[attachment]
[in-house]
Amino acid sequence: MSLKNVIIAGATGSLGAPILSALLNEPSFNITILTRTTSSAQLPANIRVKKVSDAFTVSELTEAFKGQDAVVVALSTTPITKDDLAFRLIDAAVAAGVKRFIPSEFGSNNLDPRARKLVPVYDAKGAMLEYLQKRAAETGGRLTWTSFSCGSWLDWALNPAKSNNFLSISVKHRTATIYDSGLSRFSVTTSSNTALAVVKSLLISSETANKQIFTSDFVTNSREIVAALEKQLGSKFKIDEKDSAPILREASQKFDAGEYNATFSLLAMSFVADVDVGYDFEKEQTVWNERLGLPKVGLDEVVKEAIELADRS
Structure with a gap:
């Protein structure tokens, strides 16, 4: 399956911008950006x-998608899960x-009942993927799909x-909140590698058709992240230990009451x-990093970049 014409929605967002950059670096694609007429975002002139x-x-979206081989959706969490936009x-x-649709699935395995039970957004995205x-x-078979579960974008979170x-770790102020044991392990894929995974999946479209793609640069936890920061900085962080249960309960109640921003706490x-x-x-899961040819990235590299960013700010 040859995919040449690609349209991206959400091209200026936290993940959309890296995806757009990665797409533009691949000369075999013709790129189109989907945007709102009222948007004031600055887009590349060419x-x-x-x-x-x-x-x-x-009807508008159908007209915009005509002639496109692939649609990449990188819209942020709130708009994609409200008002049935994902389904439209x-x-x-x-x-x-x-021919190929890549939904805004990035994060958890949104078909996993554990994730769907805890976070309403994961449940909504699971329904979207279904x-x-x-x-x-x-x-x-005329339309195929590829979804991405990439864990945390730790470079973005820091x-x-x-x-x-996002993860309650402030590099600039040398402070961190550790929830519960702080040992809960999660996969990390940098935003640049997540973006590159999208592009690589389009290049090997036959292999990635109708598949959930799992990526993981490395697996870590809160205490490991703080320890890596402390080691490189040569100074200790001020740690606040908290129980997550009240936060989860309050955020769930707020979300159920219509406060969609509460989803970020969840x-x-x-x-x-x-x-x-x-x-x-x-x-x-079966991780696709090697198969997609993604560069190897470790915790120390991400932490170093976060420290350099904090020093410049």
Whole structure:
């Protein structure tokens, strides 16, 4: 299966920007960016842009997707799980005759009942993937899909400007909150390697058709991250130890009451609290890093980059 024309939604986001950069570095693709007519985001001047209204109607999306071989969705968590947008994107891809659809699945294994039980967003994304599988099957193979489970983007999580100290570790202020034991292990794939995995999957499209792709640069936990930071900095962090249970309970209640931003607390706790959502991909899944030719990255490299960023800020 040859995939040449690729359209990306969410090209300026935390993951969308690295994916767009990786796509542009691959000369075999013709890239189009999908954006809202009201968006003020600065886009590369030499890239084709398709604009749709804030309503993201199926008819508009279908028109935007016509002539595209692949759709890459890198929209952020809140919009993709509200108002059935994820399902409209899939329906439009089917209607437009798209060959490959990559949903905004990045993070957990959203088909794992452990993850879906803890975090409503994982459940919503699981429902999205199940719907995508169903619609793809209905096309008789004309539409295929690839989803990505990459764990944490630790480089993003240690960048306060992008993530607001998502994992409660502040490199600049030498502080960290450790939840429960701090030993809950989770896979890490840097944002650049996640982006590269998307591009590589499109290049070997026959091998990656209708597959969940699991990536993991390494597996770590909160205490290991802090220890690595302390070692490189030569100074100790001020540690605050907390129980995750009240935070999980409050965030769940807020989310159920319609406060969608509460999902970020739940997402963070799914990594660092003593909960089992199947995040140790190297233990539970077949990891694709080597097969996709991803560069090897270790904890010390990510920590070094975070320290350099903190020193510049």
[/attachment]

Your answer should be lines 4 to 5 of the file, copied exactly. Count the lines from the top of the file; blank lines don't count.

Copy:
């Protein structure tokens, strides 16, 4: 399956911008950006x-998608899960x-009942993927799909x-909140590698058709992240230990009451x-990093970049 014409929605967002950059670096694609007429975002002139x-x-979206081989959706969490936009x-x-649709699935395995039970957004995205x-x-078979579960974008979170x-770790102020044991392990894929995974999946479209793609640069936890920061900085962080249960309960109640921003706490x-x-x-899961040819990235590299960013700010 040859995919040449690609349209991206959400091209200026936290993940959309890296995806757009990665797409533009691949000369075999013709790129189109989907945007709102009222948007004031600055887009590349060419x-x-x-x-x-x-x-x-x-009807508008159908007209915009005509002639496109692939649609990449990188819209942020709130708009994609409200008002049935994902389904439209x-x-x-x-x-x-x-021919190929890549939904805004990035994060958890949104078909996993554990994730769907805890976070309403994961449940909504699971329904979207279904x-x-x-x-x-x-x-x-005329339309195929590829979804991405990439864990945390730790470079973005820091x-x-x-x-x-996002993860309650402030590099600039040398402070961190550790929830519960702080040992809960999660996969990390940098935003640049997540973006590159999208592009690589389009290049090997036959292999990635109708598949959930799992990526993981490395697996870590809160205490490991703080320890890596402390080691490189040569100074200790001020740690606040908290129980997550009240936060989860309050955020769930707020979300159920219509406060969609509460989803970020969840x-x-x-x-x-x-x-x-x-x-x-x-x-x-079966991780696709090697198969997609993604560069190897470790915790120390991400932490170093976060420290350099904090020093410049």
Whole structure: